Swallowing Problems in Youngsters


Before you start to feed your child, take a moment to look, listen, and feel. You want to observe their skin color, the clarity of their eyes, the rate of their breathing and the quality of their sounds or respiration.

1. Gagging – although occasional gagging is not necessarily a bad thing, consistent gagging with feeding is often indicative that there may be a problem with starting the swallow.

2. Coughing – Much like gagging above, coughing once in awhile is perfectly normal, but persistent coughing is indicative of difficulty managing the swallow at the level of the airway. Small amounts of the swallowed material may be entering, or attempting to enter, the child’s airway causing them to cough. Now the cough may, in fact, be serving to clear the airway but the fact that this child has to cough to accomplish a safe swallow is of concern.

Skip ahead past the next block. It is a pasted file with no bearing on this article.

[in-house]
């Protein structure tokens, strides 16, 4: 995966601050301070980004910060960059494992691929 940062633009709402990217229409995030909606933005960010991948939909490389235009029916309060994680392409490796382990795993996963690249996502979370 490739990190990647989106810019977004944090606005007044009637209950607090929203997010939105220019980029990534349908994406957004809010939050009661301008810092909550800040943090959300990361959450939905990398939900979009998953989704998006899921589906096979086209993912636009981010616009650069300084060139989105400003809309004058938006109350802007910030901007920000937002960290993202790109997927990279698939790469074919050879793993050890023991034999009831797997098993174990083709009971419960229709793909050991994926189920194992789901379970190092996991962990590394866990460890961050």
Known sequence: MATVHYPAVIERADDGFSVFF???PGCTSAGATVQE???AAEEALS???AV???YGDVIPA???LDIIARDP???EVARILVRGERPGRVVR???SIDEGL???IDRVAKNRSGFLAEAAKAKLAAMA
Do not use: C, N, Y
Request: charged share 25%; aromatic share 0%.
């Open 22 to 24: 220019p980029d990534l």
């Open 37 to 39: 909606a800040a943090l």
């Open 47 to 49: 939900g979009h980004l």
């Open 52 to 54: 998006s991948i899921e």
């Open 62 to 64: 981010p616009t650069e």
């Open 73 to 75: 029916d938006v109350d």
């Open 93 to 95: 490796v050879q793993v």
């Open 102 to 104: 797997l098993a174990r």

3. Tearing of the Eyes – Like you or me, if you swallow something the wrong way, your eyes are likely to become moist or tear.

4. Wet quality to voice – When food material enters the airway, it might rest upon the vocal cords causing a “gurgly” quality to the child’s breathing or vocalizations.

5. Increased rate or effort of breathing – If your child is having difficulty coordinating a suck-swallow while breathing, you might observe this by the amount of work he/she has to put into keeping a good oxygen level or when feeding is stopped, he/she appears to pant in an attempt to catch his/her breath.

6. Pale color of the skin – This child may need a brief break in feeding to keep his/her oxygen levels at a safe level.

7. Drooling – The presence of drooling or increased drooling is indicative of difficulty managing oral secretions or initiating a swallow.

A child who presents with any of these problems may be having swallowing problems. Please consult with your physician to consider consultation with a speech pathologist for evaluation of swallowing function.